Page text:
The donation is the largest gift ever received by Cambridge’s engineering faculty, which has long been the most successful in Europe.
The donation expands the existing work of the Foundation which now supports design, technology and engineering from primary school through to start-up businesses, having donated £35m to these causes.
The building will provide space to a number of Cambridge postgraduate scholars whose research is supported by the Foundation.
Due to open in 2015, the Dyson Engineering Design Centre will become the focal point in teaching Cambridge students about the design process, providing specialised printing machinery, scanners, lasers and routers.
The building will provide the space for over 1,200 bright engineers to conduct their research. An open plan design featuring dozens of incubator units will encourage the sharing of ideas and a collaborative research environment.
Student-led projects housed within the building include solar powered electric racing cars, vehicles engineered for arctic ice, quad-rotor drones and helium balloon spaceflight systems.
A separate new four storey building, the James Dyson Building for Engineering, will house postgraduates and support world leading research in areas including advanced materials, smart infrastructure, electric vehicles, and efficient internal combustion systems for cars.
Bridge links across buildings will allow easy access to testing laboratories housing world-class fluid dynamics machinery, aerodynamics equipment and areas for aeroacoustics analysis.
Specialist knowledge on research strategies and funding advice will be available on-site, supported by Philip Guildford Director of Research at the Department of Engineering.
Research undertaken in the hub will build on a rich tradition of invention: it was at Cambridge that Harry Riccardo pioneered the internal combustion engine and Frank Whittle revolutionised travel with his jet engine invention.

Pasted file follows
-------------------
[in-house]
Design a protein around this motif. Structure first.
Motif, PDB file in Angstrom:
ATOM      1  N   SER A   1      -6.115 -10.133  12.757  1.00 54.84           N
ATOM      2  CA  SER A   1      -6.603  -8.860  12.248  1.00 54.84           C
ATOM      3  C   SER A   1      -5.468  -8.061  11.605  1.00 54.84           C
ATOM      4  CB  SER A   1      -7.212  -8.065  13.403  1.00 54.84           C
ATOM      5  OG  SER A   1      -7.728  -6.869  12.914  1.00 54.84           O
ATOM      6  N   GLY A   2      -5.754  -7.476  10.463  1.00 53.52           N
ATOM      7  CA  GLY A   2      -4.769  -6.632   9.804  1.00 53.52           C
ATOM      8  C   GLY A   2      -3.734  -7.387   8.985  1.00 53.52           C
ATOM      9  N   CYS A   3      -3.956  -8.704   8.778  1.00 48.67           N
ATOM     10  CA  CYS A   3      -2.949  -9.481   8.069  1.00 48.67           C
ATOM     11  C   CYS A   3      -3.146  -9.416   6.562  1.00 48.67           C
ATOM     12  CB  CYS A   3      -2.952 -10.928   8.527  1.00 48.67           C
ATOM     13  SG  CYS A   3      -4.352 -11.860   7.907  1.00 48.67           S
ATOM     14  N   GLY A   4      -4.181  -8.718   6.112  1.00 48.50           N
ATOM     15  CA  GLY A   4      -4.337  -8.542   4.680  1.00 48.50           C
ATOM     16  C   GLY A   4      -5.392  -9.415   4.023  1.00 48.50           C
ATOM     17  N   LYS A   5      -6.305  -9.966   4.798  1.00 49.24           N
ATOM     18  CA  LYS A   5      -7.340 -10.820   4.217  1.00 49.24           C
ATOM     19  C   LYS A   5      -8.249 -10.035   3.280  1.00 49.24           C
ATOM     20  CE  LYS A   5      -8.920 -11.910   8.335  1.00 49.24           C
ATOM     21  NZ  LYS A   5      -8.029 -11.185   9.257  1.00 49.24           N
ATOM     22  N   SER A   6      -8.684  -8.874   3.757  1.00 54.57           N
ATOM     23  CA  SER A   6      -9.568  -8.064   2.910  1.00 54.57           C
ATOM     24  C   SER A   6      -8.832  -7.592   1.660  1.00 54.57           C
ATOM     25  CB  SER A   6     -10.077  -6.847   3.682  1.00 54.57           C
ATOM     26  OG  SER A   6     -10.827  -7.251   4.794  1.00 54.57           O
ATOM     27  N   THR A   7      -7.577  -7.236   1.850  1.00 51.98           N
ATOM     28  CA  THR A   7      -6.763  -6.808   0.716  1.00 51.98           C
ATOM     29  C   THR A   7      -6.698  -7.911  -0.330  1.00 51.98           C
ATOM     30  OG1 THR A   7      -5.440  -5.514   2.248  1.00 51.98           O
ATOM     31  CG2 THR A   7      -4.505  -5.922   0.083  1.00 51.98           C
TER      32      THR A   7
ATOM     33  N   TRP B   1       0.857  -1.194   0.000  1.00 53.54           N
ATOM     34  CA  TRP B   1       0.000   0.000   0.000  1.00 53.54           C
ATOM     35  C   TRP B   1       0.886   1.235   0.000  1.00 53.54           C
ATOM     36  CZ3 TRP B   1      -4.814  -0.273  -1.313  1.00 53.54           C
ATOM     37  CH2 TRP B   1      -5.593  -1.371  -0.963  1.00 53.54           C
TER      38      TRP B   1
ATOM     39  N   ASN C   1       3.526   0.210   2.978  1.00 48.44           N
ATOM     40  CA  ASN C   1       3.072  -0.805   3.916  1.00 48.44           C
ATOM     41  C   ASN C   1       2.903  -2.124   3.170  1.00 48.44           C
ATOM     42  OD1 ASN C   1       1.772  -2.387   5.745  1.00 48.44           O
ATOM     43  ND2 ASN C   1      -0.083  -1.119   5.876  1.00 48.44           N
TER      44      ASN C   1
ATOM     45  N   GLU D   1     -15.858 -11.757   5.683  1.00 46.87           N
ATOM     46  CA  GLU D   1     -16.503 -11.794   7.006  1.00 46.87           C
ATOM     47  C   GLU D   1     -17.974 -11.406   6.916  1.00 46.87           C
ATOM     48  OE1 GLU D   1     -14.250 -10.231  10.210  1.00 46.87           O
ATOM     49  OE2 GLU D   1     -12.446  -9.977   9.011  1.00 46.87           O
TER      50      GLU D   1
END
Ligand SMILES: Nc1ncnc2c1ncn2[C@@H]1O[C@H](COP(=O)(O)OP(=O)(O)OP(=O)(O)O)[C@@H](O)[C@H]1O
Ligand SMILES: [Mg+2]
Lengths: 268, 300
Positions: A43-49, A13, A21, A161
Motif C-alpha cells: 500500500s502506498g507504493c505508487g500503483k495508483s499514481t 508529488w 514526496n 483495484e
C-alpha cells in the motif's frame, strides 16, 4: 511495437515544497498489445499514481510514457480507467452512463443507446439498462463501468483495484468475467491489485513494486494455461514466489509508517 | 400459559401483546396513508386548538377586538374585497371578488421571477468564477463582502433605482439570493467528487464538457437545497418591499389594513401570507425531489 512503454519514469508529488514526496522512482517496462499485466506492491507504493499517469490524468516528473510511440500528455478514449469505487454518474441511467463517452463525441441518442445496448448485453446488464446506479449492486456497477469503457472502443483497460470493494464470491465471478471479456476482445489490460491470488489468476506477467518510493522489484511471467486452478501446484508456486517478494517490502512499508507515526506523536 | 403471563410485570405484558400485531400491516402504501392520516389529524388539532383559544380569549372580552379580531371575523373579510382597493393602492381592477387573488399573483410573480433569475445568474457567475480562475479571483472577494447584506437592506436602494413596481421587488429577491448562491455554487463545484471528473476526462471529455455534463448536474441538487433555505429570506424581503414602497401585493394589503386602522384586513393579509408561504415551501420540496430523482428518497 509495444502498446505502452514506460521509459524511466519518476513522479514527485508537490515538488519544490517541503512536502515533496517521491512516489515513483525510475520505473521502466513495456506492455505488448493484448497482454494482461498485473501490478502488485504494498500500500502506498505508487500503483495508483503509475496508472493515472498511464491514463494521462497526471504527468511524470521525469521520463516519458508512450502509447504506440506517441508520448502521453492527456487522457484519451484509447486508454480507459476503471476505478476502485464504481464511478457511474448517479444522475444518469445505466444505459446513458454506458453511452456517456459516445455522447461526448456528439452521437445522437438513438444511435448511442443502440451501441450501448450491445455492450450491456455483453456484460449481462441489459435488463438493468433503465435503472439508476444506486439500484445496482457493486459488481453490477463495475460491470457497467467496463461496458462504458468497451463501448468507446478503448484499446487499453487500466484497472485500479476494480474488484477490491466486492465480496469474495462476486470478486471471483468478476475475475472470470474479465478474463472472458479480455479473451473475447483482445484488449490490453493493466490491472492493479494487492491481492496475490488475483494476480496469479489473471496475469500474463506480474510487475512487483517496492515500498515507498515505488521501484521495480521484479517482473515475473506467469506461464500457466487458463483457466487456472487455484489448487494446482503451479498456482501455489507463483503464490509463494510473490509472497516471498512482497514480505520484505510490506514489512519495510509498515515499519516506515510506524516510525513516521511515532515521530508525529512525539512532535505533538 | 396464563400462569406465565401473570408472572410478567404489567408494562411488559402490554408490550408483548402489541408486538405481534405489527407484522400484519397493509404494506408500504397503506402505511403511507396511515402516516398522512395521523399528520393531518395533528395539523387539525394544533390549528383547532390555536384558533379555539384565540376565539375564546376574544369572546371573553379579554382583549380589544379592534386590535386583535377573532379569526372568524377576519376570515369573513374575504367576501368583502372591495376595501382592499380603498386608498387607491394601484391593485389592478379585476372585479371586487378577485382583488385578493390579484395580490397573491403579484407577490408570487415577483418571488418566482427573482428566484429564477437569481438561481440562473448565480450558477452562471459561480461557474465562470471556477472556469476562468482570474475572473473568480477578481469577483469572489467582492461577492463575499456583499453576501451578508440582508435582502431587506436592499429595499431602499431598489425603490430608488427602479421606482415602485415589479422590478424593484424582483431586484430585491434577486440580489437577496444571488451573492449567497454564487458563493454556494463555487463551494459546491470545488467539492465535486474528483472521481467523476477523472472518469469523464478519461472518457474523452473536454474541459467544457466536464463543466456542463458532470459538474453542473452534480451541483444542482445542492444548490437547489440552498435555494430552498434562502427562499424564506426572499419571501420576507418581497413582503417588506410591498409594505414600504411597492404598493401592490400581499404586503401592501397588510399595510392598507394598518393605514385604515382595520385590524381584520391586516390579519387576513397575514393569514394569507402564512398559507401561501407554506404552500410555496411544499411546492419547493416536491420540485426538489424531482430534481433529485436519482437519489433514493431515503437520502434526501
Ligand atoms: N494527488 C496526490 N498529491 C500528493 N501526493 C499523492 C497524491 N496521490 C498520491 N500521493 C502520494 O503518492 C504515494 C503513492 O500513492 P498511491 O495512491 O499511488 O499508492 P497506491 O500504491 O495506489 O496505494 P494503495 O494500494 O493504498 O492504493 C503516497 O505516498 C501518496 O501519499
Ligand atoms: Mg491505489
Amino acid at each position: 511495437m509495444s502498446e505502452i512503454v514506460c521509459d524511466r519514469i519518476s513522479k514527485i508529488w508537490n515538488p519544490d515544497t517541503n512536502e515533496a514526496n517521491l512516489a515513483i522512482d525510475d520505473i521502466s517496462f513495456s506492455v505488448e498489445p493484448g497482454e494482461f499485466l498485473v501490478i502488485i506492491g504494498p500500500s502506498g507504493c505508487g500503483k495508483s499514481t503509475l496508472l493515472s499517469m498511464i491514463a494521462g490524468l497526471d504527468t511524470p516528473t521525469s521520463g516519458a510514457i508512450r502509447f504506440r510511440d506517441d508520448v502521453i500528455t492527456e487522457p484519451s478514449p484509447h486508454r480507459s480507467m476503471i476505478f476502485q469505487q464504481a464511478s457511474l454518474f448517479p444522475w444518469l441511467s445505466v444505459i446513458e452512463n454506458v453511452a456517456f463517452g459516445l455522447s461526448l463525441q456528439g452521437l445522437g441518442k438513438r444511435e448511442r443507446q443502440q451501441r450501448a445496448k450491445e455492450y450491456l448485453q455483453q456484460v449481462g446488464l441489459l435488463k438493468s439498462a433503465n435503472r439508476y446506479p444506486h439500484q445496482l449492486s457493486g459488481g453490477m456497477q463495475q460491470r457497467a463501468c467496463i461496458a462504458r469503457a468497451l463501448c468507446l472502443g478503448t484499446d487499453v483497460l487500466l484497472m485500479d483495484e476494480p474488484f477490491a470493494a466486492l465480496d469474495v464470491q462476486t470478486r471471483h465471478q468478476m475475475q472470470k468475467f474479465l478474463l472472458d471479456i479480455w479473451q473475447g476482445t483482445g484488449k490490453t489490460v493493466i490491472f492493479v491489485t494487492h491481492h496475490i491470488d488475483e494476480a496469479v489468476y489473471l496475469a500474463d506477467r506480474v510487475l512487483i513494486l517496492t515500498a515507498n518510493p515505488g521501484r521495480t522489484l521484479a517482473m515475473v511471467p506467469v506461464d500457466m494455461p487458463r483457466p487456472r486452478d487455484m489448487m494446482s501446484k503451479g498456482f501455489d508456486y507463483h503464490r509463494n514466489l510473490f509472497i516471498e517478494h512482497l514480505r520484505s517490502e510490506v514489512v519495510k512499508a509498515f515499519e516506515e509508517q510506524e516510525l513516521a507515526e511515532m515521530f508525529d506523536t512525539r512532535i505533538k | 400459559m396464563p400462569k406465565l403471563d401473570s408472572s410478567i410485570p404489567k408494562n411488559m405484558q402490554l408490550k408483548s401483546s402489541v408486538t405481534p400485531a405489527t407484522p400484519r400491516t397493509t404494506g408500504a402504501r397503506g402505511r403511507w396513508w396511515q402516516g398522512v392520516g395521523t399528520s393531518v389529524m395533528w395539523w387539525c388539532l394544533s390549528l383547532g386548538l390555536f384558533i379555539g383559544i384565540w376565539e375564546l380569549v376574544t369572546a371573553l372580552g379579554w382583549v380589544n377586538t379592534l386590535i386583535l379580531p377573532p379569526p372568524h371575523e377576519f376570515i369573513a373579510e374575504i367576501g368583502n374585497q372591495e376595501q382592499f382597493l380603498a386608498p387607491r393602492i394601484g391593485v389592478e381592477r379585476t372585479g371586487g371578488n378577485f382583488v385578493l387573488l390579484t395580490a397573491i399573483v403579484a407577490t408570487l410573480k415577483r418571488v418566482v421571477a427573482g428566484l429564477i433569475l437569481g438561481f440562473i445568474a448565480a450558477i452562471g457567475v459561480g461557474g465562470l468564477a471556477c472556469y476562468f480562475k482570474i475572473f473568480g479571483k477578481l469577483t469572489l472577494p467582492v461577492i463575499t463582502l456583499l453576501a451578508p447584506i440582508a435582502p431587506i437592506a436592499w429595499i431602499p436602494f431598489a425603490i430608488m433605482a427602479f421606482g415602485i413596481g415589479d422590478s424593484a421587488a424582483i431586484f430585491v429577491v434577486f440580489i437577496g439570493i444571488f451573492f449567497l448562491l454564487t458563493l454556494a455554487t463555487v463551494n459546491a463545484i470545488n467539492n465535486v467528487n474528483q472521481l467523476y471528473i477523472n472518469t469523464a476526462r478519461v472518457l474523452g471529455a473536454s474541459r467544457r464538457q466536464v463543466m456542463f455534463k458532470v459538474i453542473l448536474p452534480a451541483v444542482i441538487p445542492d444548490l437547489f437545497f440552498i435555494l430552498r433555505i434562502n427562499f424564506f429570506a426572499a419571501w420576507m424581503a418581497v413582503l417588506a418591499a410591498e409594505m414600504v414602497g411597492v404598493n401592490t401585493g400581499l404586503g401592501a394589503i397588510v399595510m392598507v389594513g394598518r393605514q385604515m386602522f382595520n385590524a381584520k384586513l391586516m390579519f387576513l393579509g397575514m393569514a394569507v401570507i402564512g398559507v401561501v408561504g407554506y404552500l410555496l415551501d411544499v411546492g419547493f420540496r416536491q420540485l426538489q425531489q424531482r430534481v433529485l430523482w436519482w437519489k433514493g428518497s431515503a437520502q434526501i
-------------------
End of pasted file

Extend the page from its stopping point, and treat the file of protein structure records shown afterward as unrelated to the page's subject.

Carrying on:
The Department is located at the heart of the Cambridge cluster, which has created over 1,500 spin-out companies over the last decade.
Technology we take for granted, including: Concorde ‘droop’ nose design, the microchips developed by ARM that now power 90% of the world’s mobile phones, and the pregnancy test.
James Dyson said: “Developing the intellectual property that will help Britain succeed in the global technology race depends on applying our brightest minds to ambitious and exciting research projects. I’m hopeful that this new space for Britain’s best engineers at the University of Cambridge will catalyse great technological breakthroughs that transform how we live”.
Dame Ann Dowling, Head of the Department of Engineering at the University of Cambridge said: “Academic rigour must meet with practical invention. The Dyson Engineering Design Centre and the James Dyson Building for Engineering bridge the gap, encouraging engineers to apply their minds to creatively experiment and try new things.”
The James Dyson Foundation has donated £8m to create a technology hub at the heart of Cambridge, providing the University of Cambridge’s brightest engineers with some of the world’s most advanced engineering laboratories.
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